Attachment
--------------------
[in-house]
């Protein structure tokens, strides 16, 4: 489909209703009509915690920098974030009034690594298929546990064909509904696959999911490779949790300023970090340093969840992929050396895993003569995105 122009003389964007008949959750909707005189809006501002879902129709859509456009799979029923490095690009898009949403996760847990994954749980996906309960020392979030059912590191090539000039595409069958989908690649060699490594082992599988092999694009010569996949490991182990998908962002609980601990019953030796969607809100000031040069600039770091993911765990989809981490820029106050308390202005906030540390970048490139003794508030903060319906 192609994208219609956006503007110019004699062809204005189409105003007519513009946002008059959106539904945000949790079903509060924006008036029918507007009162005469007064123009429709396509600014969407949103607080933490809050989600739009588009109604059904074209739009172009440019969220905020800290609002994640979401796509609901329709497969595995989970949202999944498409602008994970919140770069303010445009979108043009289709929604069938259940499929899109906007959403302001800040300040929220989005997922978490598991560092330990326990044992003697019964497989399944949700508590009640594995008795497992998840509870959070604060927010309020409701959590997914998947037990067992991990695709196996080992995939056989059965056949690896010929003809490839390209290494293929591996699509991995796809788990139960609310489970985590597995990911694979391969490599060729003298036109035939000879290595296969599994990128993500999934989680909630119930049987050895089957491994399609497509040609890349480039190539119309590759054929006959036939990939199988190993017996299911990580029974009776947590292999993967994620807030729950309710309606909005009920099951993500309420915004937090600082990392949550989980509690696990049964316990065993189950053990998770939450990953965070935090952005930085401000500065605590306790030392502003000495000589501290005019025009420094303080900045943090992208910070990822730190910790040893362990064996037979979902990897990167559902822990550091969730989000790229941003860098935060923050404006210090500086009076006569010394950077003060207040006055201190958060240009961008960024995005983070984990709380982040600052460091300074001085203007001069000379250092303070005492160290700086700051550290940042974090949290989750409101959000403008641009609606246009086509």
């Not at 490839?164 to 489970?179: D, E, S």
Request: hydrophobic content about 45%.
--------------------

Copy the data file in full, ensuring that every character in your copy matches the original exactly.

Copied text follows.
[in-house]
């Protein structure tokens, strides 16, 4: 489909209703009509915690920098974030009034690594298929546990064909509904696959999911490779949790300023970090340093969840992929050396895993003569995105 122009003389964007008949959750909707005189809006501002879902129709859509456009799979029923490095690009898009949403996760847990994954749980996906309960020392979030059912590191090539000039595409069958989908690649060699490594082992599988092999694009010569996949490991182990998908962002609980601990019953030796969607809100000031040069600039770091993911765990989809981490820029106050308390202005906030540390970048490139003794508030903060319906 192609994208219609956006503007110019004699062809204005189409105003007519513009946002008059959106539904945000949790079903509060924006008036029918507007009162005469007064123009429709396509600014969407949103607080933490809050989600739009588009109604059904074209739009172009440019969220905020800290609002994640979401796509609901329709497969595995989970949202999944498409602008994970919140770069303010445009979108043009289709929604069938259940499929899109906007959403302001800040300040929220989005997922978490598991560092330990326990044992003697019964497989399944949700508590009640594995008795497992998840509870959070604060927010309020409701959590997914998947037990067992991990695709196996080992995939056989059965056949690896010929003809490839390209290494293929591996699509991995796809788990139960609310489970985590597995990911694979391969490599060729003298036109035939000879290595296969599994990128993500999934989680909630119930049987050895089957491994399609497509040609890349480039190539119309590759054929006959036939990939199988190993017996299911990580029974009776947590292999993967994620807030729950309710309606909005009920099951993500309420915004937090600082990392949550989980509690696990049964316990065993189950053990998770939450990953965070935090952005930085401000500065605590306790030392502003000495000589501290005019025009420094303080900045943090992208910070990822730190910790040893362990064996037979979902990897990167559902822990550091969730989000790229941003860098935060923050404006210090500086009076006569010394950077003060207040006055201190958060240009961008960024995005983070984990709380982040600052460091300074001085203007001069000379250092303070005492160290700086700051550290940042974090949290989750409101959000403008641009609606246009086509």
């Not at 490839?164 to 489970?179: D, E, S």
Request: hydrophobic content about 45%.